Ocean Exploration Enters "Age of Management" to Put Preservation Ahead of Exploitation, Jean-Michel Cousteau Tells National Conference.
Recent, independent research confirms that ocean exploration must enter a new "Age of Management" of the world’s marine wildlife and undersea habitats and put preservation ahead of exploitation, according to famed ocean explorer Jean-Michel Cousteau.
"We are on the threshold of the management of the marine environment, and there is a plan," Cousteau said in a keynote address to a forum at Capitol Hill Oceans Week 2003. Referring to several new reports that document the continuing decline of ocean life and ecosystems, Cousteau said the record "provides guidelines toward stopping the silent collapse of the sea’s web of life."
Cousteau, founder and president of Ocean Futures Society, strongly supported a new, single federal Ocean Agency in the United States, a consistent and purposeful National Oceans Act to protect marine life, and resistance to any erosion in current laws safeguarding the ocean.
"The ocean is national security," Cousteau insisted. "With more than half the world’s population living in a coastal zone, with global warming delivering its force, and with 75 percent of all commercial fish populations fished to capacity or already collapsed, we cannot make exceptions to hard fought laws to protect the ocean environment. None."
Cousteau said the latest age of exploration of the world’s ocean should view its mission as investigating "one system, one body." Looking at whole systems, "we have realized that we have to cross political boundaries because they are irrelevant to managing our life support systems, like the ocean."
"We must look at any method to extract goods or information from the ocean through the necessity of ‘First—do no harm,’" he said. "For any enterprise, the burden of proof must lie with the user to prove beforehand that the endeavor will not adversely impact the environment."
Cousteau agreed that private industry should be encouraged to seek marine resources for "environmentally sustainable use" provided significant precautions are taken. Exploration provides "opportunities for business, but it cannot be business as usual."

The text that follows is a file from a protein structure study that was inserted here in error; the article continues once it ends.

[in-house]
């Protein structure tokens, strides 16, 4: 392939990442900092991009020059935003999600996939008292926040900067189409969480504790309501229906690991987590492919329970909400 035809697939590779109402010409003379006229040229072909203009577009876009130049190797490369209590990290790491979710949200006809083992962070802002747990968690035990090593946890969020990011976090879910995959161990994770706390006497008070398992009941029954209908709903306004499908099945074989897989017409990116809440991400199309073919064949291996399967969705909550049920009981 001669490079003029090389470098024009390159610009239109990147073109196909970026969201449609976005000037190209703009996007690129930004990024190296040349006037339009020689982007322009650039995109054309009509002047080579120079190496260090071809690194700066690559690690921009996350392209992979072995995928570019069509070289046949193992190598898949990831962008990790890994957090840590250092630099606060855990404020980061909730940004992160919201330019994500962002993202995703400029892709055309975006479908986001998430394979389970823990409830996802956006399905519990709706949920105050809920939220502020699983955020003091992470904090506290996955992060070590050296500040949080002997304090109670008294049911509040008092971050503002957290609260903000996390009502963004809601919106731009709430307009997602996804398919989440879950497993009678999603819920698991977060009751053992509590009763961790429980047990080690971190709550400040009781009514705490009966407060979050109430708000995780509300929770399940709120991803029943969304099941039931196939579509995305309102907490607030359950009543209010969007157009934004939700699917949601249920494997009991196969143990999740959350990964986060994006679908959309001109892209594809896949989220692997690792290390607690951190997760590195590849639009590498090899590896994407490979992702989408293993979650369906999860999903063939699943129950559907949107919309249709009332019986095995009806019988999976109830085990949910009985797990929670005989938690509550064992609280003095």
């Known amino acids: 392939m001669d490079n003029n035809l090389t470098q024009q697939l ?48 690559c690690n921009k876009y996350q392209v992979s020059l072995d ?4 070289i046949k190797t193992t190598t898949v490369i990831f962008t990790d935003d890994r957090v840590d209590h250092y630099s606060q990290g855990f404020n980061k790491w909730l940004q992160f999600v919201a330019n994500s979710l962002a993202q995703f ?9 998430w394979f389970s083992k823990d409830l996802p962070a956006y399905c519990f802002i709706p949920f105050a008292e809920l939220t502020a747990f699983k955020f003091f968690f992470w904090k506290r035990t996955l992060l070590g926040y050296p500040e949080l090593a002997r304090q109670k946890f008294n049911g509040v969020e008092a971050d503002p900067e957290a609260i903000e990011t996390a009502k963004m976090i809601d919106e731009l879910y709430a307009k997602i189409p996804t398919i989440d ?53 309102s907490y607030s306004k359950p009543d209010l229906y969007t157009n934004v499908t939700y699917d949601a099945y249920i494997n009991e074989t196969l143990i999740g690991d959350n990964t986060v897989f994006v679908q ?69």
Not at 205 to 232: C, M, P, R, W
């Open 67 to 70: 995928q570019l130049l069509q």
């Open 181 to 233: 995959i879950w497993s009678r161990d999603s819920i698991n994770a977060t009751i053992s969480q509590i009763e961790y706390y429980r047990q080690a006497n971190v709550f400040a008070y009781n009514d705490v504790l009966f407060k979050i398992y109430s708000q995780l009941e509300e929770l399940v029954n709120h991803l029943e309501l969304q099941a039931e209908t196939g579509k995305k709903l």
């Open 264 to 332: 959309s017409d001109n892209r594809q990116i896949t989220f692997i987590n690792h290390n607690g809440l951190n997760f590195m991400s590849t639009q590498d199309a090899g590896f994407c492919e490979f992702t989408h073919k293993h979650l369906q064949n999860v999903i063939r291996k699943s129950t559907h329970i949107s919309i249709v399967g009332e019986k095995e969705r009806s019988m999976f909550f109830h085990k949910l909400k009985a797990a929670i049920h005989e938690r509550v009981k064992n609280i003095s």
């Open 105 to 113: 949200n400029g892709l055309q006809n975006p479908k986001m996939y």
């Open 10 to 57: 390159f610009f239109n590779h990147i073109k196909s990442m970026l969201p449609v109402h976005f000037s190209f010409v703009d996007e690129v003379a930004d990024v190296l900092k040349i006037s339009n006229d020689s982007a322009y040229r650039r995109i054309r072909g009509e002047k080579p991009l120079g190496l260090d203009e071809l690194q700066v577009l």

"Our technology quickly became so efficient that it left us with one-tenth the abundance of large fish my father found," Cousteau said regarding his family’s late patriarch, Jacques Cousteau. "We are forced to understand that animals are connected to each other in a web of life, dependent on a particular environment, temperature range, and input from the rivers. Everything is connected."
Cousteau said his Ocean Futures Society will embark in July on an exploration and voyage in the Northwestern Hawaiian Islands with a goal of supporting long-standing efforts to continue to protect this 1,200-mile-long chain of islands that contains 70 percent of the United States’ coral reefs.
The Cousteau team will "explore with new eyes," using the latest innovations that are the first step toward his long-term vision of a "Global Ocean Network." The GON concept is currently under design by Cousteau’s Ocean Futures Society.
"The Global Ocean Network’s mission is to take the pulse of the ocean using satellites, ships, buoys, submersibles, ROVs, sensors and crew, simultaneously throughout the world, to collaborate with the scientific community to measure, monitor, record, and provide indicators to report the health of the ocean," he said. "GON, or any system, must be part of the communications revolution, beaming real-time ocean information throughout the world, using the latest technology to explore our least known environment."
Recalling the story of Noah, Cousteau said today’s marine explorers are embarking on an "ocean voyage where all life would be protected for an unknown future."
"In all our explorations now, we must also proceed assuming that we are charged with the same awesome, inspiring and lifesaving mission," he said.
The mission of Cousteau’s Ocean Futures Society is to explore our global ocean, inspire and educate people throughout the world to act responsibly for its protection, documenting the critical connection between humanity and nature, and celebrating the ocean’s vital importance to the survival of all life on our planet. Ocean Futures Society is based in Santa Barbara, CA., USA with offices in Paris and Washington, D.C.
For more information about the endeavors of Ocean Futures Society and Jean-Michel Cousteau, visit their website at.